Buying Cryptocurrencies in PDAX using GCash

As we see mainstream adoption of Bitcoin as legal tender (like in El Salvador) more and more, it becomes more important to have at least a small investment in cryptocurrencies. Here in the Philippines, we have a laissez-faire policy with cryptocurrencies. Our BSP is more often than not stricter with money laundering rules with this but otherwise tends to treat it as a security.

I’ve talked about how to buy cryptocurrencies before, in Coins.ph and in Binance, but here is another channel we can tap on — Philippine Digital Asset Exchange or PDAX.

In the Philippines, PDAX as an exchange has more supported coins now than in Coins.ph and is quietly surpassing it in terms of adoption. The additional coins recently supported are LINK, BAT, AAVE, UNI, GRT, COMP, and ENJ. If you want to learn about these coins, you can use Coinmarketcap to read about them.

PDAX as an exchange has had its growing pains earlier this year when a trading glitch caused it to lock all of the users’ funds. However, it has since owned up to it and has promised more transparency and capability moving forward.

What are some advantages of PDAX over Coins.ph?

PDAX is an exchange, unlike Coins.ph that has both an exchange and a wallet with its ecosystem. With it being an exchange, users can focus on trading and investing in cryptocurrencies.

Also, PDAX has more flexibility as an exchange, since it also has stable coins like Tether and USDC. These stable coins enable you more flexibility as you can convert easily from any cryptocurrency to this, and also allows you to leverage De-Fi (decentralized finance) as a lot of products (especially decentralized exchanges) use stablecoins in their liquidity pools.

How to buy cryptocurrencies using GCash

PDAX has a lot of cash-in options available, but it has partnered with Paymongo for GCash acceptance.

Here are the steps in the PDAX app:

  1. From the main page of the app, click on the Wallet button below.
  2. From the Wallet page, select the “Cash In” button beside the PHP asset box, you will go to the Cash In page.
  3. From the Cash In page, click on the E-Wallet tab and select GCash Wallet.
  4. In the GCash Cash In page, input the amount and click next. Take note that there is a convenience fee and this fee is included on top of what you need to pay.
  5. Confirm the Cash In to initiate the GCash online payment.
  6. You will need to authenticate yourself using your GCash credentials as well as to input the one-time-password. After authentication, you can confirm the payment on the GCash side.
  7. After payment, your new balance will reflect on the Portfolio page.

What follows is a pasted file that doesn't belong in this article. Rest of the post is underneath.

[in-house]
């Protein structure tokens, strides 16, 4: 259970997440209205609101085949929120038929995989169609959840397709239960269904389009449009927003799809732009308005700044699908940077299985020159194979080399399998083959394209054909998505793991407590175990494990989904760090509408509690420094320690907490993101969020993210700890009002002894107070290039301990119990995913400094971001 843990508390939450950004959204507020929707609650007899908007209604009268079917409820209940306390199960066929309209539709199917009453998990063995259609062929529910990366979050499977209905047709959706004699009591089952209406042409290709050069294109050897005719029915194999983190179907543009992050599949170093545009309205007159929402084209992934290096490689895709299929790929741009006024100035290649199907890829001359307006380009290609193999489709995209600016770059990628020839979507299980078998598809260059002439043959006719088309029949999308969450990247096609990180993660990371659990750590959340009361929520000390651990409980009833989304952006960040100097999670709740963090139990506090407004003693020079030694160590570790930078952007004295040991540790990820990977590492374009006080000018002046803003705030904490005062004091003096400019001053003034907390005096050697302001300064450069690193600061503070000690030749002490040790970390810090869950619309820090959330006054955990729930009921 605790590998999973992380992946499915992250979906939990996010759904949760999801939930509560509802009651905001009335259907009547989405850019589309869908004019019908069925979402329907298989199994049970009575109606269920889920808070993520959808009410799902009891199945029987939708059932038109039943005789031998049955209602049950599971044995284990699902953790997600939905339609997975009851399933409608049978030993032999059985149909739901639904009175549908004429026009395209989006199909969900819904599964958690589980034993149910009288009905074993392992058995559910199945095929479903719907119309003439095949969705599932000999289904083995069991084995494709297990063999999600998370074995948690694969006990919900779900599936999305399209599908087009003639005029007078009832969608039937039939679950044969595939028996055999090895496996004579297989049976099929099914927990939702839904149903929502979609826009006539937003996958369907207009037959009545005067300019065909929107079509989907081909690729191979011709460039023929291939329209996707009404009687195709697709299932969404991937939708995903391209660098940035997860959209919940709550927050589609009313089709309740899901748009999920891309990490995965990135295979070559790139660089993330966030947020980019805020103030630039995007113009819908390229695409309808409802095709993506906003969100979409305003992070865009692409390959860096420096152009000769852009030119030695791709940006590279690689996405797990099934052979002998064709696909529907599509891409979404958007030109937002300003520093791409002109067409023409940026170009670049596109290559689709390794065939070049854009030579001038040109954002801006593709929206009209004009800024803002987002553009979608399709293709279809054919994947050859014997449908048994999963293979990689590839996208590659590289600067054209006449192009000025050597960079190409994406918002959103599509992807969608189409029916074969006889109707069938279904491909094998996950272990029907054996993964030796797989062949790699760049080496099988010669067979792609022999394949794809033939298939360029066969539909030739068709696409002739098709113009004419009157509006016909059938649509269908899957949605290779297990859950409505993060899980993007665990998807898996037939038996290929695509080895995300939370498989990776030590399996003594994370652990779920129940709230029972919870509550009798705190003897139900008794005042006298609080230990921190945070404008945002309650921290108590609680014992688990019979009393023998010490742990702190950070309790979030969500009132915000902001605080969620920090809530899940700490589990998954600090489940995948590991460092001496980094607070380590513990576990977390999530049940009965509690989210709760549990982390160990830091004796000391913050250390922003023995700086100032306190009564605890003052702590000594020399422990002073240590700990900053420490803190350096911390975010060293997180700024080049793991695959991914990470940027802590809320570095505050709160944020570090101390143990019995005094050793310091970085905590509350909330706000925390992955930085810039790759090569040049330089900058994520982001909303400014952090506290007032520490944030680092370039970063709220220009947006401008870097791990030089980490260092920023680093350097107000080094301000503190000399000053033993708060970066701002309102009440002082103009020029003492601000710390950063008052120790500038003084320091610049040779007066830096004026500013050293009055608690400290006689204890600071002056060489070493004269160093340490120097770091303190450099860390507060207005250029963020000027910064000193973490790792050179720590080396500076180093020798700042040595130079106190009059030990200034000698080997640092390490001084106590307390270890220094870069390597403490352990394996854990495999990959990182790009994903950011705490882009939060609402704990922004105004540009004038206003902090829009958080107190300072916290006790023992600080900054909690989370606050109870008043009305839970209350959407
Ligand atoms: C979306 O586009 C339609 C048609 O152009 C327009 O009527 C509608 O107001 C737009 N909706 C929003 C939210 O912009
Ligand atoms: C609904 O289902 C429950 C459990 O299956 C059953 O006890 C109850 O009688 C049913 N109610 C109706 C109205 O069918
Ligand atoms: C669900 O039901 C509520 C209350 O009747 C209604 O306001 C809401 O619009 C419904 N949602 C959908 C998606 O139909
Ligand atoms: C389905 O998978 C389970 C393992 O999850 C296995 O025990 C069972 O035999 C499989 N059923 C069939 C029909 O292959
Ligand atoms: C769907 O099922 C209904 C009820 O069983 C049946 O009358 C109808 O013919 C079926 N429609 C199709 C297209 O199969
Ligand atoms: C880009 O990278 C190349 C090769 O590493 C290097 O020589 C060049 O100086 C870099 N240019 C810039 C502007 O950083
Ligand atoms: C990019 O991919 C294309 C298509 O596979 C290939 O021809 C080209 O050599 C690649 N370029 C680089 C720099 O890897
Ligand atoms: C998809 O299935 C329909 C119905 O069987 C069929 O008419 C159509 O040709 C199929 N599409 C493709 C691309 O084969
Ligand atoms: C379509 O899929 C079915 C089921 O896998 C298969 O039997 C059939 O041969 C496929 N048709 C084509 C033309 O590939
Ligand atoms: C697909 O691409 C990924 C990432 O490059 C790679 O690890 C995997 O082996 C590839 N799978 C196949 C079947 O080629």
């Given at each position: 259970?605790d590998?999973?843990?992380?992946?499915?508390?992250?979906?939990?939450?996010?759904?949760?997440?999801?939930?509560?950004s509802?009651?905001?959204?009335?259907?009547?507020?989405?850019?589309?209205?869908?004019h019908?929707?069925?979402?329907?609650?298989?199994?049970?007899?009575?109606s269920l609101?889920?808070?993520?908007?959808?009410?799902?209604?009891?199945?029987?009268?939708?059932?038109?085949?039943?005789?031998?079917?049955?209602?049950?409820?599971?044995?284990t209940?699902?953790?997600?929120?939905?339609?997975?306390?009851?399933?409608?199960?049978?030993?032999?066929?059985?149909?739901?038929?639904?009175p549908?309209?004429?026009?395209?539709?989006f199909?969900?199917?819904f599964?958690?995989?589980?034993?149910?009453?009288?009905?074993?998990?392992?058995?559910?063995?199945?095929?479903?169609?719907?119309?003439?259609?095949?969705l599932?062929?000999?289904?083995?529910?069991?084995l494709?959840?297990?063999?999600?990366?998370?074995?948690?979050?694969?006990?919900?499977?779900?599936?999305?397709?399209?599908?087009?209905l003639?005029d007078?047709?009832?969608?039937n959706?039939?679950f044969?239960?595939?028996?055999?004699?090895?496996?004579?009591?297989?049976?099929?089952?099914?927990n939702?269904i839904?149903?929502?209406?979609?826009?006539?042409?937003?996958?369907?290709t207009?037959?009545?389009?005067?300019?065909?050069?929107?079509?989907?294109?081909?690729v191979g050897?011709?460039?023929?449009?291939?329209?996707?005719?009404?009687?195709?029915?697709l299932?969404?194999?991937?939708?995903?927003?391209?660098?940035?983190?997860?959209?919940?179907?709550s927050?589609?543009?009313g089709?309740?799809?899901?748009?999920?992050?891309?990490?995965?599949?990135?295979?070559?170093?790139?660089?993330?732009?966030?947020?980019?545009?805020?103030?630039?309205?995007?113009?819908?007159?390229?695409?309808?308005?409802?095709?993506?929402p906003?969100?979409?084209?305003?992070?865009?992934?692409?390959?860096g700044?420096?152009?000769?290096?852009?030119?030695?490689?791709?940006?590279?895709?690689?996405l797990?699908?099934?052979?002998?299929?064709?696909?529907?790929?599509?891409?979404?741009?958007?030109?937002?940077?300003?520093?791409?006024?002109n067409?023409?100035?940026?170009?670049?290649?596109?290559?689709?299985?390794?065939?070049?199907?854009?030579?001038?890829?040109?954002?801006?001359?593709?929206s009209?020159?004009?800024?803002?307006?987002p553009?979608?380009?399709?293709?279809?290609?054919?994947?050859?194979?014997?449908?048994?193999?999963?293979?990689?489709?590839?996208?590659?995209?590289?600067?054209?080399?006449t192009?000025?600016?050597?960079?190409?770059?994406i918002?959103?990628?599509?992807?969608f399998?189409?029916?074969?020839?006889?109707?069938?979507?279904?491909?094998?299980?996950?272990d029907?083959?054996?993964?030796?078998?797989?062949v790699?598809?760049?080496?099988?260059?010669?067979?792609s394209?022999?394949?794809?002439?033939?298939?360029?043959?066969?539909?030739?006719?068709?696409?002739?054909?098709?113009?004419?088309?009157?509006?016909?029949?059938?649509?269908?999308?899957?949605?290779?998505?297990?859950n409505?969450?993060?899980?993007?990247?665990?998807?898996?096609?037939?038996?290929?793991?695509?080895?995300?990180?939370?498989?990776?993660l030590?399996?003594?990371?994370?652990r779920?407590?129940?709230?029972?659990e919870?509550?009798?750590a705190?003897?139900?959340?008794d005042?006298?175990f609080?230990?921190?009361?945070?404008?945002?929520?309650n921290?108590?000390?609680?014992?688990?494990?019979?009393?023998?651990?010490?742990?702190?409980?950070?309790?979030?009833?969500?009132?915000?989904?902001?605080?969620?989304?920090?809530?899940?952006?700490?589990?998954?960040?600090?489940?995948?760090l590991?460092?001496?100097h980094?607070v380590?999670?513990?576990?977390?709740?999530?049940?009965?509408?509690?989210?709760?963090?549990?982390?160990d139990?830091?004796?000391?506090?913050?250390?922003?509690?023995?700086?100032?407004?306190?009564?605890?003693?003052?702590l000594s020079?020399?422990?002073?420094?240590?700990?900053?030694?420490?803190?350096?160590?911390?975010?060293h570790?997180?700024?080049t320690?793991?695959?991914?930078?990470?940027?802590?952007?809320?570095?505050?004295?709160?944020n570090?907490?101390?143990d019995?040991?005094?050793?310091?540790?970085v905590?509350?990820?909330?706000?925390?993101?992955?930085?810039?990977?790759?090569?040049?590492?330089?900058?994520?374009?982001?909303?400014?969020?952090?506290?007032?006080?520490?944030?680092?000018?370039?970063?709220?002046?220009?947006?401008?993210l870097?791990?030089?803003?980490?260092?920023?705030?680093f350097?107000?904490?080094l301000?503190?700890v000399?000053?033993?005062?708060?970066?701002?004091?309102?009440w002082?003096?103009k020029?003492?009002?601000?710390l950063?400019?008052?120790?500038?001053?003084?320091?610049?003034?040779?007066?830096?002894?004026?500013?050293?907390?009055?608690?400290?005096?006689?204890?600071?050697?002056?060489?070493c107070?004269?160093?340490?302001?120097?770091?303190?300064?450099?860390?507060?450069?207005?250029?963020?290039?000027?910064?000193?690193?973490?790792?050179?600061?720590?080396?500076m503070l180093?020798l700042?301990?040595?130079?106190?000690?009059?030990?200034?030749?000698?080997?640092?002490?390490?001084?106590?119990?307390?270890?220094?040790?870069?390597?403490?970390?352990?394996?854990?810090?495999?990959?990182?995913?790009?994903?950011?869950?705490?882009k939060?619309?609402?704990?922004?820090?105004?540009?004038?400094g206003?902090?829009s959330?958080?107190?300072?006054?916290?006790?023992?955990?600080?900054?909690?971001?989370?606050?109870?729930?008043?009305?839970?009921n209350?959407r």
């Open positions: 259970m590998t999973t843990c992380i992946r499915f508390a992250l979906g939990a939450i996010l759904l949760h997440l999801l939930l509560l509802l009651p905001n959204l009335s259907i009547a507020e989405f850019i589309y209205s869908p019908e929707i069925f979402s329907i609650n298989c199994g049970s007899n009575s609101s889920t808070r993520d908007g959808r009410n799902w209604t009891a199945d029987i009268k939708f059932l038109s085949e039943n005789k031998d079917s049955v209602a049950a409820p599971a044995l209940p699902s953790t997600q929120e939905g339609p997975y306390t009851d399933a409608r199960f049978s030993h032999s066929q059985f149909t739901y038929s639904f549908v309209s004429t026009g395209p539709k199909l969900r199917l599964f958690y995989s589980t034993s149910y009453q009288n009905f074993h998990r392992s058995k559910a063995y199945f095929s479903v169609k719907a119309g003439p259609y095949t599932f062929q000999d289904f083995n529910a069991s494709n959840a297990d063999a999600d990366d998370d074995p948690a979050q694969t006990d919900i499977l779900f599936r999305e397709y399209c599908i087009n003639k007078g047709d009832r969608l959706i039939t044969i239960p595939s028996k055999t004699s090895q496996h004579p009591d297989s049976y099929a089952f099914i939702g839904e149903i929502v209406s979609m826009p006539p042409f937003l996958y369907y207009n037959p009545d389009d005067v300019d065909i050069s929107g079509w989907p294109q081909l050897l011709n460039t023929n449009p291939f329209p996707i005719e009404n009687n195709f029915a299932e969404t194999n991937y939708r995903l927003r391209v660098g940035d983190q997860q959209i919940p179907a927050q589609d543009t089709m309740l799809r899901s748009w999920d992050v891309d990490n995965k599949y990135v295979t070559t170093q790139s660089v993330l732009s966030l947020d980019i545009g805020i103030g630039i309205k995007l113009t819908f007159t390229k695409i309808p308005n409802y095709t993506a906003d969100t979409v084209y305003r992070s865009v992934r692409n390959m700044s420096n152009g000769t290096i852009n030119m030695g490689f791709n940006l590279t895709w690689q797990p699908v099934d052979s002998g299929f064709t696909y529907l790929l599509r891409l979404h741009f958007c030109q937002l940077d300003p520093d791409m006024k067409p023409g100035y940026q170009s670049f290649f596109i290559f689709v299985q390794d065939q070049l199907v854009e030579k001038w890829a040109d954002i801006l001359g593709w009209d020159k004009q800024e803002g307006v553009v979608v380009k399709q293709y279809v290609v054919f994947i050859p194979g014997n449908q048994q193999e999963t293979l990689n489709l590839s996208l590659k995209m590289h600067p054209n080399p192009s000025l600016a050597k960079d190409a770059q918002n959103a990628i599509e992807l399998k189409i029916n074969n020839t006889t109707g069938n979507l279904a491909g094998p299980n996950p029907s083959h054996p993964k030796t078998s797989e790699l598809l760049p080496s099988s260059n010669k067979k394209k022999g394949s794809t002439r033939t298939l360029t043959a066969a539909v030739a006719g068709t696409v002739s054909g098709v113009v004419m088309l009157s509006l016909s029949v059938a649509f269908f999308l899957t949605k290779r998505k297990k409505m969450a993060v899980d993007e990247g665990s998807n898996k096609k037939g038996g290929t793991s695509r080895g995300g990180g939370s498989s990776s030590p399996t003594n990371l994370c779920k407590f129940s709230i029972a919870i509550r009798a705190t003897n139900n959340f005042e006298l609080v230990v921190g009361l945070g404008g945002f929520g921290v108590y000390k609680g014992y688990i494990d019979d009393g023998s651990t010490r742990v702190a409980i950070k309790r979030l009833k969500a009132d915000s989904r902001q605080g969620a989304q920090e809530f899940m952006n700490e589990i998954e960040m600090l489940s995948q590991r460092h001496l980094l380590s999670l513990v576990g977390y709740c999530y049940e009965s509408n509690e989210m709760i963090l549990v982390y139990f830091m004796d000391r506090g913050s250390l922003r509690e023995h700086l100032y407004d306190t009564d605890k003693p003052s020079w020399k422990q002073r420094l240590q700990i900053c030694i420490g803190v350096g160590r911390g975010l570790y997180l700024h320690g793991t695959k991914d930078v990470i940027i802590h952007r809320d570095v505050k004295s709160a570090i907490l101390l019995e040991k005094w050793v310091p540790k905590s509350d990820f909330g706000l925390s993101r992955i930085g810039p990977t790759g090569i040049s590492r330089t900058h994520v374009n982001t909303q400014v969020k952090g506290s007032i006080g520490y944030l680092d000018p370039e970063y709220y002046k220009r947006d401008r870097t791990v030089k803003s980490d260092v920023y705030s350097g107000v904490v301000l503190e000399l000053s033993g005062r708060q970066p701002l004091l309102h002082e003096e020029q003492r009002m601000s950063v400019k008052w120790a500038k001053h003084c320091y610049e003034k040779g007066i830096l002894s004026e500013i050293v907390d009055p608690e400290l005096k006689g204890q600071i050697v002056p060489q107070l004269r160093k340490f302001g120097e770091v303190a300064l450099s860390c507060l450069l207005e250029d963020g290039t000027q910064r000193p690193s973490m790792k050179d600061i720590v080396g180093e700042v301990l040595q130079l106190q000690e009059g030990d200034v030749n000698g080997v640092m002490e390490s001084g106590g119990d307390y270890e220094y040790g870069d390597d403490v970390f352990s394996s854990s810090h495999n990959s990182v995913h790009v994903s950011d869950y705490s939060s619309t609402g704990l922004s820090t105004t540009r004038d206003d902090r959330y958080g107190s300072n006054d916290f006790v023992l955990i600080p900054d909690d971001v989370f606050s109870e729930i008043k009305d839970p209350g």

How much is the convenience fee?

The fee is 3% of the total amount and is added on top of the actual cash-in amount.

Does PDAX also support GCash cash-out?

Currently no.

What’s the cheapest way to buy in PDAX and get the money instantly?

The no-fee ones usually mean that the cash-in is not going to happen on the same day. But if you want real-time transfer and you also have a GrabPay account, you can go through that channel as it has the lowest fixed fee of Php 25.

You just need to transfer from your GCash wallet to your GrabPay first via Bank Transfer. Take note though that since bank transfers use Instapay, there’s a fee of Php 15 when you use GCash. If you add the PDAX cash-in fee of Php 25, then the total fee should be Php40.

I recommend you choose this route if this fee is cheaper than the 3% you would have spent cashing in using direct GCash (i.e., Php 40 / 0.03 = Php 1,333). In short, you should go with GrabPay if you are planning to cash in more than Php 1333 pesos.

Do I need to go through validation from PDAX?

No, you won’t need to validate, other than increasing your limits

Summary

We talked about how we can cash-in in PDAX via GCash. Cash-in is in the form of Paymongo payments. PDAX as an exchange has more cryptocurrencies than any other in the Philippines.

If you do plan to cash in, always take note of the fees.

If you are also interested in other cryptocurrency or investment-related posts, here are some:

If you’d like to learn more about GCash, I created a how-to on the basics of GCash.

Here is a list of links if you’re interested in the main GCash functions:

If you are also interested in knowing what resources I used in making this blog happen, please take a look at my resources page.

How do you like the tutorial? Did I miss anything? Please add your comments and suggestions below!

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